Foreclosure Settlement's Value Hinges on California's Participation
As the national settlement talks to resolve mortgage companies' wrongful foreclosures inch towards a conclusion, the size of the deal hinges on California.
Starting Wednesday and continuing throughout the remainder of the week, negotiators representing 50 states attorneys generals and the Obama administration are distributing to all parties documents outlining two possible deals: one based on California's participation and a second, smaller one, based on California's absence, said sources familiar with the discussions. The documents provide a hard number for each state's share of the settlement and also an estimate of the potential benefits to homeowners under both scenarios. California, which has the nation's highest foreclosure rate, is one of a handful of states that have threatened to leave the deal over concerns that the settlement is too soft on banks.
That California's participation could sweeten the terms of the deal reflects the important role that this state plays in any settlement. As part of the settlement, participating states will agree not to pursue various claims against the lenders in the future. California, which is not only a large state but has been ground zero for many of the wrongful foreclosures, represents significant future liability for banks. Thus, the lenders are more inclined to offer a greater sum to ensure that California will not pursue claims against them down the road.
"The negotiating team is in the process of sending documents to fellow attorneys general," said Geoff Greenwood, spokesman for the Iowa attorney general, Tom Miller, one of the lead negotiators.
The Obama administration, along with a coalition of state law enforcement officials, is pursuing a settlement with big banks over their role in the practice of "robo-signing" and other alleged forms of mistreatment of struggling homeowners, including the fraudulent notarization and forging of mortgage documents and other wrongful foreclosure practices.
The documents are being distributed in advance of a meeting on Monday in Chicago where Miller, U.S. Housing and Urban Development Secretary Shaun Donovan, and Tom Perrelli, U.S. associate attorney general, will brief Democratic state attorneys general on the potential settlement. A similar meeting will take place on Monday, via a phone conference, for Republican state attorneys general. Greenwood confirmed both meetings in a phone call with The Huffington Post.
On Wednesday, Donovan declared that the negotiators were "very close" to reaching an agreement, though sources familiar with the talks said that nothing will be announced prior to President Barack Obama's State of the Union address next week. "States need time to review the documents, weigh the pros and cons of the deal, consider the alternatives and decide if it is something they want to join," said a source familiar with the discussions.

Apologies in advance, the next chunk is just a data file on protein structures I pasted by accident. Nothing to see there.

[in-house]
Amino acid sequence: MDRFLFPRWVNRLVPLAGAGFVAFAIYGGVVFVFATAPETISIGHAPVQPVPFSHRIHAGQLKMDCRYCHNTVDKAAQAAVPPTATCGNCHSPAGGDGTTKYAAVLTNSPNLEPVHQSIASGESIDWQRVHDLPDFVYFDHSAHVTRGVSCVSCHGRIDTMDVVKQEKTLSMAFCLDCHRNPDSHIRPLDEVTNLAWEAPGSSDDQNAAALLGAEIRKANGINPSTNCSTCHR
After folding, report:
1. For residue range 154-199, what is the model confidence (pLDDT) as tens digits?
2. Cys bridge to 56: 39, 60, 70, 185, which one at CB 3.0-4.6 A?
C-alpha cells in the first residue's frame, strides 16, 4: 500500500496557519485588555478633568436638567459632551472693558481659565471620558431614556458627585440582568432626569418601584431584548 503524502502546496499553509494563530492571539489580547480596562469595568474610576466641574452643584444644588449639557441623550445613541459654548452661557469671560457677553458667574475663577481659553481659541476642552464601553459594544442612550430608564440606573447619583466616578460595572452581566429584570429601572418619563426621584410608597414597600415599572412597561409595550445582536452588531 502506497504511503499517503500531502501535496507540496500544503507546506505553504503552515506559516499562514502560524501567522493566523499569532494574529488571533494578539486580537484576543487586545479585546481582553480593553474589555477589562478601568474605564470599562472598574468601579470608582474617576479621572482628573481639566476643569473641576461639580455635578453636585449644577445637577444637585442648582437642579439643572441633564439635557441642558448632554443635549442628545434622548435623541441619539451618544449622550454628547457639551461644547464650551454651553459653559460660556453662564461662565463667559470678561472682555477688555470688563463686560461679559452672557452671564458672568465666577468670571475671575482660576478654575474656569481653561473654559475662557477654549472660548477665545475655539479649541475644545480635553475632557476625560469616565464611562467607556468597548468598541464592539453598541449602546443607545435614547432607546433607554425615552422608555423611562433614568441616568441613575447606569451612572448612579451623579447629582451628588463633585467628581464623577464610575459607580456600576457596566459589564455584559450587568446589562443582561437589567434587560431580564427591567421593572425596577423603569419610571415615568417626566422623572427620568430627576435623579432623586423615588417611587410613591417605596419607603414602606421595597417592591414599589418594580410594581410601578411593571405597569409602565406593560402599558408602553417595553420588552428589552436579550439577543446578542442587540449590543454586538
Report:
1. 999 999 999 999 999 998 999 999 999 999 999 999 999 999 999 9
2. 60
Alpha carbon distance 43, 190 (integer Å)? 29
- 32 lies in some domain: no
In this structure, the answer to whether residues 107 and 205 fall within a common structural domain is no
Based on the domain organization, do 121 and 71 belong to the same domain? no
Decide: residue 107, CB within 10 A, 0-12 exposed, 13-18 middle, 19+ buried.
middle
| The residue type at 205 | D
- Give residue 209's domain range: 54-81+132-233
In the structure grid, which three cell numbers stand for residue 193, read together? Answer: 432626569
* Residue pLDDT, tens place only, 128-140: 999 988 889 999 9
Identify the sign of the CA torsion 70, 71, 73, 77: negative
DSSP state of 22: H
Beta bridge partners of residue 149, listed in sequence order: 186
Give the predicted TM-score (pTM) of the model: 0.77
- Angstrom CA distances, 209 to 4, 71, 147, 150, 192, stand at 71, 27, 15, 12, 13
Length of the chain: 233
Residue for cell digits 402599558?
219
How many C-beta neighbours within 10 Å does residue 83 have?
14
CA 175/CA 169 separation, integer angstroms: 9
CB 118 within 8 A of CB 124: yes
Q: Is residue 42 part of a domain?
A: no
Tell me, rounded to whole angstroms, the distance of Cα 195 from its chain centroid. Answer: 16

After wrongful foreclosure practices came to light in October 2010, attorneys general from all 50 states banded together with the federal government to punish five large financial institutions -- Bank of America, JPMorgan Chase, Citigroup, Wells Fargo and Ally Financial -- for mortgage-related misconduct, including robo-signing and failing to provide mortgage modifications to eligible homeowners. As it currently stands, that punishment would take the form of a civil settlement worth as much as $25 billion. The deal would reform the mortgage servicing industry and require banks to offer relief to homeowners in the form of modifications, principal write-downs and refinancing, among other options.
The negotiations hit a snag this summer when several attorneys general -- most notably Eric Schneiderman of New York and Kamala Harris of California -- objected that the deal was too narrowly focused on robo-signing and mortgage servicing and that it would release banks from liability for too much potential wrongdoing. Schneiderman and Biden called for a more thorough investigation of how home loans had been originated and sold to investors.
In October 2011, Delaware Attorney General Beau Biden filed suit against Mortgage Electronic Registration System, claiming the company intentionally makes it harder for borrowers to stop a foreclosure. In December, Massachusetts Attorney General Martha Coakley filed a lawsuit against five of the largest U.S. banks, accusing them of deceptive foreclosure practices. Also in December, Nevada Attorney General Catherine Cortez Masto filed suit against Lender Processing Services for deceiving Nevada homeowners.